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October Horrors 2017 Day 2 – The Beyond (1981)

The Beyond, 1981.

Directed by Lucio Fulci.

Starring Catriona McCall, David Warbeck, Ciniza Monreale and Antoine St John.


In New Orleans in the 1920s, an artist is gruesomely killed by an angry mob who believe he is a warlock. Several decades later, a young woman named Liza acquires the hotel where the artist was killed hoping to reopen it, unaware of its gruesome past. After a series of horrific deaths at the hotel, Liza soon discovers that her hotel actually sits upon one of the seven gates of hell and that its opening has allowed the living dead to spill out and terrorise the living.

Horror nerds need no introduction to horror maestro Lucio Fulci, the cult Italian director whose gory specialities in films such as the gloriously daft Romero cash-in Zombie Flesh Eaters (aka Zombie vs Shark aka Shard vs Eyeball) and the intestine spewing oddity City of the Living Dead
See full article at Flickeringmyth »

The Old Gun

Robert Enrico's literally searing terror tale from the French occupation is not for the faint of heart. Fearing reprisals, surgeon Philippe Noiret sends his wife Romy Schneider out of harm's way of the retreating Germans -- but things go horribly wrong. What follows is an ordeal of vengeance even more brutal than Straw Dogs, fought to the finish in a medieval castle. The Old Gun MGM Limited Edition Collection DVD-r 1975 / Color / 1:78 enhanced widescreen / 102 87 min. / Le vieux fusil / Street Date September 8, 2015 / available through Screen Archives Entertainment / 19.95 Starring Philippe Noiret, Romy Schneider, Jean Bouise, Joachim Hansen, Robert Hoffmann, Karl Michael Vogler, Madeleine Ozeray, Caroline Bonhomme, Catherine Delaporte, Daniel Breton, Jean-Paul Cisife, Antoine Saint-John. Cinematography Étienne Becker Film Editor Ava Zora Original Music François de Roubaix Written by Robert Enrico, Pascal Jardin, Claude Veillot Produced by Pierre Caro Directed by Robert Enrico

Reviewed by Glenn Erickson

Some of us can remember
See full article at Trailers from Hell »

Giallo Fever: 'The Killer Must Kill Again' [Nsfw]

  • FEARnet
Giallo Fever: 'The Killer Must Kill Again' [Nsfw]
Fans of Italian horror and sci-fi will no doubt recognize the name of director Luigi Cozzi, a genre journeyman who dabbled in just about everything and clearly had fun doing it – including flamboyant space opera like the amazingly bizarre Starcrash, starring the spectacular Caroline Munro and David Hasselhoff shooting laser beams out of his eyes; matinee fantasies like Hercules, with original Hulk Lou Ferrigno battling stop-motion robots; and the splattery Alien cash-in Contamination, which climaxed with a giant one-eyed vacuum cleaner popping off a guy's head. Cozzi is also a long-time colleague of horror legend Dario Argento; he has directed multiple documentaries about Argento's films, and runs the shop Profondo Rosso (Deep Red) in Rome, which was founded by Argento in 1989 and features a museum of props from the director's classics. Like his friend and mentor, Cozzi also ventured into the giallo domain, with the 1975 thriller The Killer Must Kill Again.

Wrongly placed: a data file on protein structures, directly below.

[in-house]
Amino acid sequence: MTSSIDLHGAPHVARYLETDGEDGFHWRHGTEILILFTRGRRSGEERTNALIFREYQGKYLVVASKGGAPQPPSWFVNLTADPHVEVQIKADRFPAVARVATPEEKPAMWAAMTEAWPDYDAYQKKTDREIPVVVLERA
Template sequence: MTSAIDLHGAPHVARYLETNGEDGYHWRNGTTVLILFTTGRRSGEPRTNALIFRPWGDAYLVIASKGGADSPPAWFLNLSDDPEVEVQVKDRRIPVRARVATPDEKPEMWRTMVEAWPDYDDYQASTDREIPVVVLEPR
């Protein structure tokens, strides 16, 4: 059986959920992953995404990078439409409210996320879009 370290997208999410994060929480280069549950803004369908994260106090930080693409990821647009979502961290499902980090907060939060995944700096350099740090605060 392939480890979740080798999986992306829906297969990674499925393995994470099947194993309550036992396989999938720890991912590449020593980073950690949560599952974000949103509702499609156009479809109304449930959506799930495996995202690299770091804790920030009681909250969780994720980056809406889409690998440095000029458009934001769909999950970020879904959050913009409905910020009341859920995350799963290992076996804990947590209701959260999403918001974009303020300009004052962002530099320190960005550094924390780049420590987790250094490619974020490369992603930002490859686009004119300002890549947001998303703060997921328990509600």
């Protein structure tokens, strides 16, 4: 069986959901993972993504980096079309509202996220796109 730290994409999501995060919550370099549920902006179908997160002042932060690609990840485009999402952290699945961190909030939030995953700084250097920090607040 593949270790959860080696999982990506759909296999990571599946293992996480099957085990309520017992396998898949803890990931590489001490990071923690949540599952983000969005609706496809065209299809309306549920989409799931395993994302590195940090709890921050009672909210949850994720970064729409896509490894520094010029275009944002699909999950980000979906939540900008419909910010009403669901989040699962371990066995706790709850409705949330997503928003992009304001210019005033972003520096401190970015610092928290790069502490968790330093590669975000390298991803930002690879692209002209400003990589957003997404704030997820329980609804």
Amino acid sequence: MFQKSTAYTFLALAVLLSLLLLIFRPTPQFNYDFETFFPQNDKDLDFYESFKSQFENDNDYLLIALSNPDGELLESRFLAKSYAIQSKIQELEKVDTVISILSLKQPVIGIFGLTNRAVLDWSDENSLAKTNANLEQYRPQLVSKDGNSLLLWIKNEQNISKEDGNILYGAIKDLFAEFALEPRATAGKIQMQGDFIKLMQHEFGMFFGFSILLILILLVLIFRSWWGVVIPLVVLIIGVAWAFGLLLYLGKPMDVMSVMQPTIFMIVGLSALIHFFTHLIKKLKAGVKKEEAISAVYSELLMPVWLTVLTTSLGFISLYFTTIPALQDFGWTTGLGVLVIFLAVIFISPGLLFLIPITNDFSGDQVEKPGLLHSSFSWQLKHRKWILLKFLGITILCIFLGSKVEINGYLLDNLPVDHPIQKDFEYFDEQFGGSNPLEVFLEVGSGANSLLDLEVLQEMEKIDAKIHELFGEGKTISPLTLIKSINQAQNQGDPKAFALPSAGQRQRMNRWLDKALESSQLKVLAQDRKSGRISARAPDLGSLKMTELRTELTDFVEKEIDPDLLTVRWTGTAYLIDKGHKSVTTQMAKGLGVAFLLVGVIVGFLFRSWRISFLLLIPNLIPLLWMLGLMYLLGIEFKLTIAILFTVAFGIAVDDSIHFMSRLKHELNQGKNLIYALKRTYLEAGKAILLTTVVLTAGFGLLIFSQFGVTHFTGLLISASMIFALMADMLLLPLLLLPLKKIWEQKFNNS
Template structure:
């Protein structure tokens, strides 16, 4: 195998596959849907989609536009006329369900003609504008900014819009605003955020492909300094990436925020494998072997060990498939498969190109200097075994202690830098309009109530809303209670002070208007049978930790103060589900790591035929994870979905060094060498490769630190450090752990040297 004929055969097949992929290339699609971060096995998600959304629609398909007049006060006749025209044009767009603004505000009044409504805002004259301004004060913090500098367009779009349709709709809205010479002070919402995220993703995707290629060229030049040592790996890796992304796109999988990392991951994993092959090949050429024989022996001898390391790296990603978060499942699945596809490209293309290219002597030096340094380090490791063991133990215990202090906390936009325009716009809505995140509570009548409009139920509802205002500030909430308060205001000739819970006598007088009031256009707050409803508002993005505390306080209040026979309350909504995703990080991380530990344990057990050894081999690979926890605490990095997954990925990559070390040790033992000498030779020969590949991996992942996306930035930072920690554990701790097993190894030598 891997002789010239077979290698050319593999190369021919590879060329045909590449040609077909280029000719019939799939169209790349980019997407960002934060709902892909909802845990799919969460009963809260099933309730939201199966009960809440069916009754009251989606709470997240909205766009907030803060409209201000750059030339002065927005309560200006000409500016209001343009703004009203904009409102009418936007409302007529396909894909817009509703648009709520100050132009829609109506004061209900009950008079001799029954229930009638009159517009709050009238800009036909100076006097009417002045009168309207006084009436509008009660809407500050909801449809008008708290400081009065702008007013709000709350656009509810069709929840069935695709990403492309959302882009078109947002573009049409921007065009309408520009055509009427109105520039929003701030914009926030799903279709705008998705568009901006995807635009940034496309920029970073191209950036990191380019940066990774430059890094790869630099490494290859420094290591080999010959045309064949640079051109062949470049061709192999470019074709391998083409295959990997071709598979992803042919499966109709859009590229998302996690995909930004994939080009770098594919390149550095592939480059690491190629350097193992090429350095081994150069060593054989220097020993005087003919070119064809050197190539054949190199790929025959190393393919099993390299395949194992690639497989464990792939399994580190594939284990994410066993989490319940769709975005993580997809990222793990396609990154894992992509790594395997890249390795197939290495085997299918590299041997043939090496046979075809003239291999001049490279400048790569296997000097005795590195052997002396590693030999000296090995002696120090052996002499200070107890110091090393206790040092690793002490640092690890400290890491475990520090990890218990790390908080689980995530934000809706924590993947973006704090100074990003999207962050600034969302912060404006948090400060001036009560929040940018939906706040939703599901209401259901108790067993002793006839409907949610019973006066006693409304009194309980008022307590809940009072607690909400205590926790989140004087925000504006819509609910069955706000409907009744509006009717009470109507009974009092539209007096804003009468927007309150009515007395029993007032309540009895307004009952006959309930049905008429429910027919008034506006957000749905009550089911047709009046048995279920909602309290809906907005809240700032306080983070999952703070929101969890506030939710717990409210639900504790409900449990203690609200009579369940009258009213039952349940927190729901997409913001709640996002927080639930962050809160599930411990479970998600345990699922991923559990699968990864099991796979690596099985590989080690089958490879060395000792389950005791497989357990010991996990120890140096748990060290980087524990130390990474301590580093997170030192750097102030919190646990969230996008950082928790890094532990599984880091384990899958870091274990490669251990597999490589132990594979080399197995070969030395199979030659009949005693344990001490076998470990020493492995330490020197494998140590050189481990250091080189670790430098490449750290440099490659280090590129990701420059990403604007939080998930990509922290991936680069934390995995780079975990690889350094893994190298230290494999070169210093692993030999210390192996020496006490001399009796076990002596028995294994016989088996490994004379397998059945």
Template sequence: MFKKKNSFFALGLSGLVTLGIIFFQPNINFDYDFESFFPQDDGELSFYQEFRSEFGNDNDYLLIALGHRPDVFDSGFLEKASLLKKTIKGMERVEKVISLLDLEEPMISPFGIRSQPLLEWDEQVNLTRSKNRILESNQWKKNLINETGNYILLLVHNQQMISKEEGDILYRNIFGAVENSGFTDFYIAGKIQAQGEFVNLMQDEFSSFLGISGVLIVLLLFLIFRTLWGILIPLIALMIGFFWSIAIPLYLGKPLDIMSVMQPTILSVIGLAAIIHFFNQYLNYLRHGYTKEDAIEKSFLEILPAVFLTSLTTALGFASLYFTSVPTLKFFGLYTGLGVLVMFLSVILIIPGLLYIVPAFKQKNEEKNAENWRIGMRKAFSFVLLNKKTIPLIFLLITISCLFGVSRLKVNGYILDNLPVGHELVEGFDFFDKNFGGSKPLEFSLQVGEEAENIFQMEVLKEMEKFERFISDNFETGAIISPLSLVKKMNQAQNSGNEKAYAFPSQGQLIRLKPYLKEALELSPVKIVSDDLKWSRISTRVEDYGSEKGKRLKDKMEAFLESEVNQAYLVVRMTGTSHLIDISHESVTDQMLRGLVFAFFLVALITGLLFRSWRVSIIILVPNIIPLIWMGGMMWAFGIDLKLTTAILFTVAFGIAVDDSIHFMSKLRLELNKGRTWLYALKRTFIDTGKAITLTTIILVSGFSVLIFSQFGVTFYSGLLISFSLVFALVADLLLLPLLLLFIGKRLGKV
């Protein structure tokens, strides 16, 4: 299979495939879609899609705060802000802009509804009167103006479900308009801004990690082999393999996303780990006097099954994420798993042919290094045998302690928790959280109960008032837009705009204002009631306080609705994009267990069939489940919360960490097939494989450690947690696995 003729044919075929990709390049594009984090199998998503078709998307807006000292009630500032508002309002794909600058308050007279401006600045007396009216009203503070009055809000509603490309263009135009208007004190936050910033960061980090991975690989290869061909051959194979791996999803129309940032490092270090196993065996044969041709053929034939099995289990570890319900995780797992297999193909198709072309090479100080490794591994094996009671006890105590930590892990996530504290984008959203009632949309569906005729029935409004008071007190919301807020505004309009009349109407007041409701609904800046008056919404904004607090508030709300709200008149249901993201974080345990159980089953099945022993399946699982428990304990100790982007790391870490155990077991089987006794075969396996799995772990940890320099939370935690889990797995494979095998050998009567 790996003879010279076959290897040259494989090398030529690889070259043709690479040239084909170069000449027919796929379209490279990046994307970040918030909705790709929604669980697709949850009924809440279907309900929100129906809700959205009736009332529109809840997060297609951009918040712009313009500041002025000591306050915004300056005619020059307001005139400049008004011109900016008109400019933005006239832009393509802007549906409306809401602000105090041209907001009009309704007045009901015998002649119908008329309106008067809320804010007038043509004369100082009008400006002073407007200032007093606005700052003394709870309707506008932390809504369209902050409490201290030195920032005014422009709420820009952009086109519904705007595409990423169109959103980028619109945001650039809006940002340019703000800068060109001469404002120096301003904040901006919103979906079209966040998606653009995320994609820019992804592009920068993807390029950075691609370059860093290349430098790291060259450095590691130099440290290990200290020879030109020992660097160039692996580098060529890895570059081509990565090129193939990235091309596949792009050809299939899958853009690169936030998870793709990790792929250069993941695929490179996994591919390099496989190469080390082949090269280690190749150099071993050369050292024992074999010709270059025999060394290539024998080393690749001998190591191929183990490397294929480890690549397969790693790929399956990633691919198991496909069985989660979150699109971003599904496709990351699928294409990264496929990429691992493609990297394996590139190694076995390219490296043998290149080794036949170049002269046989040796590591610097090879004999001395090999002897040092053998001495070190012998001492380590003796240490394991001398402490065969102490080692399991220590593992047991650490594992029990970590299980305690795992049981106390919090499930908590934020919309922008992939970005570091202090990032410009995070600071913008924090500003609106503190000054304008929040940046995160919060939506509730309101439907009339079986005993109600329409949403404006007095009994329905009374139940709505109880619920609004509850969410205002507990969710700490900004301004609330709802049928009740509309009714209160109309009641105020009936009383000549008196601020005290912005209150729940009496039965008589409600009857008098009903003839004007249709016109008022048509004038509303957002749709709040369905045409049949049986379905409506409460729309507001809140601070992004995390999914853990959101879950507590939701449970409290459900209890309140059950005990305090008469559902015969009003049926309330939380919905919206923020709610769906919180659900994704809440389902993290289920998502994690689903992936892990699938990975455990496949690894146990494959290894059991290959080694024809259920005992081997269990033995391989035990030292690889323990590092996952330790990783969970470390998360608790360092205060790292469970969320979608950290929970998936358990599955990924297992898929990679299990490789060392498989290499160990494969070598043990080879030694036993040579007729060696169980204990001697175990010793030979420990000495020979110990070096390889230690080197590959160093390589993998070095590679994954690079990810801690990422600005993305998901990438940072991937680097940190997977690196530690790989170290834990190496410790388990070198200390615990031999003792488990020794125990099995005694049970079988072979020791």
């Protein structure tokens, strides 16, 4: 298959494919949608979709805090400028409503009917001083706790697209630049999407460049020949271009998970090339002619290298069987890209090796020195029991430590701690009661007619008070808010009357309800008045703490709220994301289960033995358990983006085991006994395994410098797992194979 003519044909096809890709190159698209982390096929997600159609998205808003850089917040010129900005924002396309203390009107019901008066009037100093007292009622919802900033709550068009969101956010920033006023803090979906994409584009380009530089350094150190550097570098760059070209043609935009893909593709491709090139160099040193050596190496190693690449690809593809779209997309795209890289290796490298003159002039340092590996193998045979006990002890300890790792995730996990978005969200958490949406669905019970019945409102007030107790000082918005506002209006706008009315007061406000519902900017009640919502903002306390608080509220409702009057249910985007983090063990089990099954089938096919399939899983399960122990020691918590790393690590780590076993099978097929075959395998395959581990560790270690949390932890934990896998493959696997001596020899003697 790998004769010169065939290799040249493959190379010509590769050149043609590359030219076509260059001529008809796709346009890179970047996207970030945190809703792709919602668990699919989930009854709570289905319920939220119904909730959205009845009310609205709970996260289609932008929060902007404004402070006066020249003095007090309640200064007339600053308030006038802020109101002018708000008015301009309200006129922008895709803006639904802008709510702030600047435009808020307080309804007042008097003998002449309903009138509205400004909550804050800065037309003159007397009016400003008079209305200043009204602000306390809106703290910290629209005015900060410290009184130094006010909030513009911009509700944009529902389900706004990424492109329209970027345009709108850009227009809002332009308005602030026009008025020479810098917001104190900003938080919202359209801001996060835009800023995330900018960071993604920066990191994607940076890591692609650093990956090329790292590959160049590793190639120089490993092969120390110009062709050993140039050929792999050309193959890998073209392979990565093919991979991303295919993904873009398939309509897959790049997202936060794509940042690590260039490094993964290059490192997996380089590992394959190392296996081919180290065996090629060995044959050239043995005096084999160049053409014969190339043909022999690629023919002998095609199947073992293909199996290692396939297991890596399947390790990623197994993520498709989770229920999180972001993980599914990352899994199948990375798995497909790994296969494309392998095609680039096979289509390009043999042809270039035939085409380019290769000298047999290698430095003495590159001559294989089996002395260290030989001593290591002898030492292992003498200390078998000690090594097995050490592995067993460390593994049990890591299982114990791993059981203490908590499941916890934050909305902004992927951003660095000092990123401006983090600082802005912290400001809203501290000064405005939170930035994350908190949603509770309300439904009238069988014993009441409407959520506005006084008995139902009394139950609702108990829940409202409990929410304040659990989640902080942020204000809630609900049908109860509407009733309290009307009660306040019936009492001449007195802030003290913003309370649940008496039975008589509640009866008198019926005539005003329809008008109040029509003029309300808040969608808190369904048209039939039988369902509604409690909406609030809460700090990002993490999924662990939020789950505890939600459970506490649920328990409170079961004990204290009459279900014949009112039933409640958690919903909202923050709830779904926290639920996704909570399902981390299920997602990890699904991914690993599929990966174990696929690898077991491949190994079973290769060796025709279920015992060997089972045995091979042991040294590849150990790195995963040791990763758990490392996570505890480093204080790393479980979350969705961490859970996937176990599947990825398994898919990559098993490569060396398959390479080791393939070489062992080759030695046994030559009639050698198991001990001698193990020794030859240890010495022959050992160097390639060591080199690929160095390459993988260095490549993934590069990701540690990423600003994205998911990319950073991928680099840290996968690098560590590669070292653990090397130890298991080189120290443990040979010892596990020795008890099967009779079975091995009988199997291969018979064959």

See full article at FEARnet »

Retro Review: The Killer Must Kill Again

  • DailyDead
Fresh off of directing The Neighbor episode of Dario Argento’s Door Into Darkness, Luigi Cozzi co-wrote and directed, The Killer Must Kill Again. The film was shot in 1973 but released theatrically two years later in 1975.

George Hilton stars as Giorgio Mainardi, the husband of a wealthy socialite (Tere Velasquez) in an unhappy marriage. One night he comes across a man (Michel Antoine), pushing a car with a dead body into a canal.

Seizing upon the opportunity to solve his problem, and inherit a ton of cash in the doing, he blackmails the murderer to murder his wife or else he will go to the police with what he knows. This setup echoes Hitchcock’s Strangers on a Train, and the killer even has a distinctive lighter, as does Robert Walker’s character in Hitchcock’s film. In this case the lighter is emblazoned with the initials “D.A.” a
See full article at DailyDead »

'The Beyond' (1981) Review

by Chris Wright,

"And you will face the sea of darkness, and all therein may be explored.” Lucio Fulci certainly does not fail to be epic in this masterpiece called “The Beyond.” Granted I have not seen every Fulci movie but he has not failed to impress with the horror movies I have seen so far. I have yet to see any of his earlier Giallo movies. To many, “The Beyond” is part of Fulci’s “Gates of Hell” trilogy along with “City of the Living Dead” and “House by the Cemetery.” Out of the three, “The Beyond” I found to be the scariest with a solid story to back it up. You don’t see much of this movie as far as being released on formats. It was released by Anchor Bay in Widescreen 2:35:1 about a decade ago. It received a DVD release much later.
See full article at MoreHorror »

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